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I was kindly forwarded a newspaper article this week that segued between tall buildings and tall people. At a little under 6’3” myself I can vouch for the common complaints of tall people discussed: the ankles, knees and hips take a lot more stress the taller you are – for tall buildings the stresses at broadly comparable locations are also higher, but the comparison between the two was what interested me most, having used the analogy of the human body myself to describe the behaviour and actions of tall buildings in a number of lectures and presentations.
The main difference between the two is that each tall building must be bespoke and adopt systems tailored to its height, location, usage and local environment. It could be argued that, in a way, humans are the same, and over centuries we have evolved in subtle ways to adapt to our immediate environment, but the universal basic structure and skeletal mechanics are the same from one person to the next. The tall building structure is not, and should not be considered universal. It is unique.
For the tall building structure, we take a risk approach to determine and design for the worst combination of natural and man-made forces that we can anticipate based on our understanding of nature, and make sure that it cannot fail; for the human body, we can never anticipate what forces we may need to endure and, to ensure that we are not weighed down by hugely dense skeletal structures, we accept that we will break a leg or an arm now and then – the structure cannot do this without disastrous consequences. The structural engineer knows in advance that crutches will be required at some stage and builds them in, it’s no accident. The engineer also knows that the figurative ankles, knees and hips will endure a lot of stress over the building’s lifetime and support is added just for the event. A tall building is planned, it is not the result of a largely genetic lottery.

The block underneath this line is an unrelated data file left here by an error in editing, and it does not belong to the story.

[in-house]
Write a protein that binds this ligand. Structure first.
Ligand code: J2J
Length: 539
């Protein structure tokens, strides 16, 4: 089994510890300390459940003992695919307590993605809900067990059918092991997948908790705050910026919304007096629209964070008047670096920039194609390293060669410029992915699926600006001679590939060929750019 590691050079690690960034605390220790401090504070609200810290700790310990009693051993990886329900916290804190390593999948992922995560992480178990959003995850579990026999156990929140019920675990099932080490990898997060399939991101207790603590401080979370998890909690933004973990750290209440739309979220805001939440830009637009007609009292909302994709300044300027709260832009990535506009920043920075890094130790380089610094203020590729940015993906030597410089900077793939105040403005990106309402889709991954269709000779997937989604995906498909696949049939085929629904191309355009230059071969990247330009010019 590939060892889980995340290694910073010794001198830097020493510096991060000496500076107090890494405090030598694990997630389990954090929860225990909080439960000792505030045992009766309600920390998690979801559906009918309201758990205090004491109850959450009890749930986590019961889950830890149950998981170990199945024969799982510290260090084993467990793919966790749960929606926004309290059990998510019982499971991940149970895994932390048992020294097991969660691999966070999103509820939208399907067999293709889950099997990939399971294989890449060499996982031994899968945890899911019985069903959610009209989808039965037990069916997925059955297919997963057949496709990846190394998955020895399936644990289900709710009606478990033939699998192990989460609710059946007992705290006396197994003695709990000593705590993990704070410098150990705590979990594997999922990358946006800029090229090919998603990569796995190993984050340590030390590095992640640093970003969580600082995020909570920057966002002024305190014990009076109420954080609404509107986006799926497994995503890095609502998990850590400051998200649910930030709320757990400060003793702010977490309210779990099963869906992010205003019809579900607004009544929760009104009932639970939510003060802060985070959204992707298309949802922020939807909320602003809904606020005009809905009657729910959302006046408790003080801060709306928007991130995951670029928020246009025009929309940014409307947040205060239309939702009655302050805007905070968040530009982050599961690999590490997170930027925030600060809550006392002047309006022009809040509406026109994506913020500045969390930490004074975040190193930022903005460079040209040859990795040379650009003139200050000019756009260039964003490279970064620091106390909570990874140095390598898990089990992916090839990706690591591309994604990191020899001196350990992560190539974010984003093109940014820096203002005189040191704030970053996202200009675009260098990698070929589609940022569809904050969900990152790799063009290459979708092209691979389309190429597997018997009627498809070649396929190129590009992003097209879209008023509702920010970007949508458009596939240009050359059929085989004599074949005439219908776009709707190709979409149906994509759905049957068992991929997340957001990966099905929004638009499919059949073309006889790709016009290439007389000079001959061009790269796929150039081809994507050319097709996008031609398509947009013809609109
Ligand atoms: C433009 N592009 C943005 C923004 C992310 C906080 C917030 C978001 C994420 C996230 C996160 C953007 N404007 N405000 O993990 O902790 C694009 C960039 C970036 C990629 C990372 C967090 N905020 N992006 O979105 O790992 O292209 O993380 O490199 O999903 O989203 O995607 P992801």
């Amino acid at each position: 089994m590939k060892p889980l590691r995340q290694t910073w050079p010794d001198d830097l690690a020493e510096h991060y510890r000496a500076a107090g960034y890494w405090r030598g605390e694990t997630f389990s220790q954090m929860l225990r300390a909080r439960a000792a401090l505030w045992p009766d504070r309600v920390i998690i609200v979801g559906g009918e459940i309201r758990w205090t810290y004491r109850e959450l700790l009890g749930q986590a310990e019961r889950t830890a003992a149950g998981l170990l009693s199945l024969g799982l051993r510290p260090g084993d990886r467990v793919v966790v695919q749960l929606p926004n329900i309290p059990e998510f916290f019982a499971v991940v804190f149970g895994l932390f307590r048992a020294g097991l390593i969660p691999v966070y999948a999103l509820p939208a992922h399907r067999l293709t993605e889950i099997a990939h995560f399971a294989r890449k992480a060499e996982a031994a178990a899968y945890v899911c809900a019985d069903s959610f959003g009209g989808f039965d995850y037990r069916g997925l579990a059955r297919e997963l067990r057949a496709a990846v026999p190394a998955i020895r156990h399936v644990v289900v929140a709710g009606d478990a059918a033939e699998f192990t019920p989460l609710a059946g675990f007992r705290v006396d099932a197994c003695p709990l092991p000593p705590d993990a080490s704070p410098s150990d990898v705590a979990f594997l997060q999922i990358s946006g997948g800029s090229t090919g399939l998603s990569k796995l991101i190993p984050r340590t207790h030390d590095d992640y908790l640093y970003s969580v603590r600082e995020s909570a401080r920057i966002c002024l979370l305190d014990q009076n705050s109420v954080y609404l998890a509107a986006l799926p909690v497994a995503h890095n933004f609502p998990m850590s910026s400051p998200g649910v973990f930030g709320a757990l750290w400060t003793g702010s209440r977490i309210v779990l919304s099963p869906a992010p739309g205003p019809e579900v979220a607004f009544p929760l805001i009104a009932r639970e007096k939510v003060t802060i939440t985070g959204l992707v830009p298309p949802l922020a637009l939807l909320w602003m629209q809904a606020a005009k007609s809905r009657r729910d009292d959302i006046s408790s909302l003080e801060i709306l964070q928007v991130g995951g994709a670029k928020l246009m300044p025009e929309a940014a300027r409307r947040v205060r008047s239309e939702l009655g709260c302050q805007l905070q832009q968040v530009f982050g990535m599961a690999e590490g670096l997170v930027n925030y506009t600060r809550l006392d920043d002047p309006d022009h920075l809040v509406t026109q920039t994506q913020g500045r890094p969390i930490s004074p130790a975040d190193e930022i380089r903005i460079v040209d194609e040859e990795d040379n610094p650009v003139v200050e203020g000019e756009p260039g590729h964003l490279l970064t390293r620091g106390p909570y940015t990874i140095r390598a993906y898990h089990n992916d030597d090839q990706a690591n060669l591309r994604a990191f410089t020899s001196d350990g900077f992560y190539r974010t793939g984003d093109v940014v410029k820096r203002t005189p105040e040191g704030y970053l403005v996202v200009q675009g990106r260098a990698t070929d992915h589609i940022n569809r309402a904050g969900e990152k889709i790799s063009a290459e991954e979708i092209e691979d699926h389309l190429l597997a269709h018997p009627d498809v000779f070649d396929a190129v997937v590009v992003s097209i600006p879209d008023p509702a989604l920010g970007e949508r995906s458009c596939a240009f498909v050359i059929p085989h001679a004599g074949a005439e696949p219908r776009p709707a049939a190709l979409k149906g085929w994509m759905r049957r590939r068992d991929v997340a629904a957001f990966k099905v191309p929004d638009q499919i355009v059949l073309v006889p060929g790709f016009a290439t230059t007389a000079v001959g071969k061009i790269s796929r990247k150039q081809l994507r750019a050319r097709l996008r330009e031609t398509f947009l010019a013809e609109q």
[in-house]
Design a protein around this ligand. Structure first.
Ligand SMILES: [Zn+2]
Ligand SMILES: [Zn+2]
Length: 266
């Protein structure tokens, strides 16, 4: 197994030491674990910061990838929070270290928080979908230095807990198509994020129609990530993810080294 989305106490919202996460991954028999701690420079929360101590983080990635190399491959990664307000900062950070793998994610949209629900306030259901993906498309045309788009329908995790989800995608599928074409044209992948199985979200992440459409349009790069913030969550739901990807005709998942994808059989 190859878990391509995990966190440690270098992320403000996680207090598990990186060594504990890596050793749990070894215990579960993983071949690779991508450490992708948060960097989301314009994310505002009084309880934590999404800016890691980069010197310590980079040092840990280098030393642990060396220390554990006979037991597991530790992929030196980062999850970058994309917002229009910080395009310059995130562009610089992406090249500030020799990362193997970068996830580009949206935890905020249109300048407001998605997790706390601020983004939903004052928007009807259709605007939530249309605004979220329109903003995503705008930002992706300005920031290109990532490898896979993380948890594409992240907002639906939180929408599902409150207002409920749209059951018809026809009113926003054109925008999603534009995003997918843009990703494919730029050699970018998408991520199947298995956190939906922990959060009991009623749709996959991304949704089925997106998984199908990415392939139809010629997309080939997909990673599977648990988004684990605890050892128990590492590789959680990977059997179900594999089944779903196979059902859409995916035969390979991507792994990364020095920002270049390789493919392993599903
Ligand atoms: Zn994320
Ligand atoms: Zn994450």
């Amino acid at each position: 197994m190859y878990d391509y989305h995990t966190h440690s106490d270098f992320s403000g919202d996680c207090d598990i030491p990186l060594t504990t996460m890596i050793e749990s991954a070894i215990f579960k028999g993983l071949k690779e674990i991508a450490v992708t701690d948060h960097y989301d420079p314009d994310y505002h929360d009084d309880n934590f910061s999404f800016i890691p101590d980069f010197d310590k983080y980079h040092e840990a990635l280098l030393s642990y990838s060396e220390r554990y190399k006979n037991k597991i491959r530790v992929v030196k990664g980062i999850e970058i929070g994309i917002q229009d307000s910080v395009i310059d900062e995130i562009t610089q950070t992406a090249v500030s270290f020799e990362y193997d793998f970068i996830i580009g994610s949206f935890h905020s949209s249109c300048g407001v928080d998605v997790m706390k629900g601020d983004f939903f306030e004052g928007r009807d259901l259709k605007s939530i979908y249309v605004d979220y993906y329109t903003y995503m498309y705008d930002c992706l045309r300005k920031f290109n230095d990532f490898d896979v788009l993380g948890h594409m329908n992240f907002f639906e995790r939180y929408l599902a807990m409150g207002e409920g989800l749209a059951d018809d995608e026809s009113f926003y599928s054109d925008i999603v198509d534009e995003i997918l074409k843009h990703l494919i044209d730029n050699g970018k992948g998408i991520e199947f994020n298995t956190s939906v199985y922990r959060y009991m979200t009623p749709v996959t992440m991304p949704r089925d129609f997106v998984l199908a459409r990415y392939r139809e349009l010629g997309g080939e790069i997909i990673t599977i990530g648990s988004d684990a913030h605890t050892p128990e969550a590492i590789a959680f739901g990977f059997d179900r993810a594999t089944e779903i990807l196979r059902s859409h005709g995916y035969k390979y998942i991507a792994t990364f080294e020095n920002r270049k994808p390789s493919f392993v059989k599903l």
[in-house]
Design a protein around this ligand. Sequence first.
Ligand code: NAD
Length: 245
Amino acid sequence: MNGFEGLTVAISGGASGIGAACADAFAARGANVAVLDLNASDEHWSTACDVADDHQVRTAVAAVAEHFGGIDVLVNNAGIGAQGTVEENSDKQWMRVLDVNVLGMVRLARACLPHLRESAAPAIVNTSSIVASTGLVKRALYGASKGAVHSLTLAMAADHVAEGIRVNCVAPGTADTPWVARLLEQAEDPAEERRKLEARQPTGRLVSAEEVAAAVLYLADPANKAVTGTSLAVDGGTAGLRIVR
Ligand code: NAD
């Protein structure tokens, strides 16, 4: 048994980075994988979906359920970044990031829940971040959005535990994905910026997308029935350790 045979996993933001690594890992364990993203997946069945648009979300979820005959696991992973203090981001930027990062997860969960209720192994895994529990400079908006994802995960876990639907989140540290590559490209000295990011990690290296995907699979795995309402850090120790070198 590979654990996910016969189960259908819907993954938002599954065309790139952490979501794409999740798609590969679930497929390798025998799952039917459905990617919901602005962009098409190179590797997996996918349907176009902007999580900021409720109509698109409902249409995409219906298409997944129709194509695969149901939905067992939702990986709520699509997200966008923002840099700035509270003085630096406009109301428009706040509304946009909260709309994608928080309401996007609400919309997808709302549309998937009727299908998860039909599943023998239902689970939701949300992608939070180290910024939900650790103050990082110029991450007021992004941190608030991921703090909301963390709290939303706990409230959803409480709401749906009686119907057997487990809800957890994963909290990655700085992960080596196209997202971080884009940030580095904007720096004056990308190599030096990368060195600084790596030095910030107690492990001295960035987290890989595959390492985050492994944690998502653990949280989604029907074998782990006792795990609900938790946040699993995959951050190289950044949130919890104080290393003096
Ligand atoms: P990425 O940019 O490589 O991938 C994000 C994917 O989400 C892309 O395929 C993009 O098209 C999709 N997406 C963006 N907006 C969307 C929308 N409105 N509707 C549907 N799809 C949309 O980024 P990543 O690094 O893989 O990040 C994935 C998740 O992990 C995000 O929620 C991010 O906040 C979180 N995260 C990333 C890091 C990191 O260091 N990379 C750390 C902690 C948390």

Back to the article, it suggests that some architects adopt a “bigger is better” maxim. While it may be true to an extent, it is certainly not a decision any architect takes in isolation, and typically the architect actually has little say in the matter. There is only one body that takes the decision on height, and money talks. There comes a point of diminishing returns on tall buildings, so the choice for increasing height, as the article points out, is not always increasing direct revenue. It can be about a symbol, a statement that a country has arrived, that anything is possible, that it has the capability and the infrastructure to deliver anything. More often than not though, it is about the returns: they may not be direct, but they may show in the yield from the neighbouring buildings, they may be intangible in the form of tourism boosts or increases in a countries general stature.
It is not cheap to build tall and the choice is certainly never a whimsical one – on anyone’s part.
Categories: Tall Buildings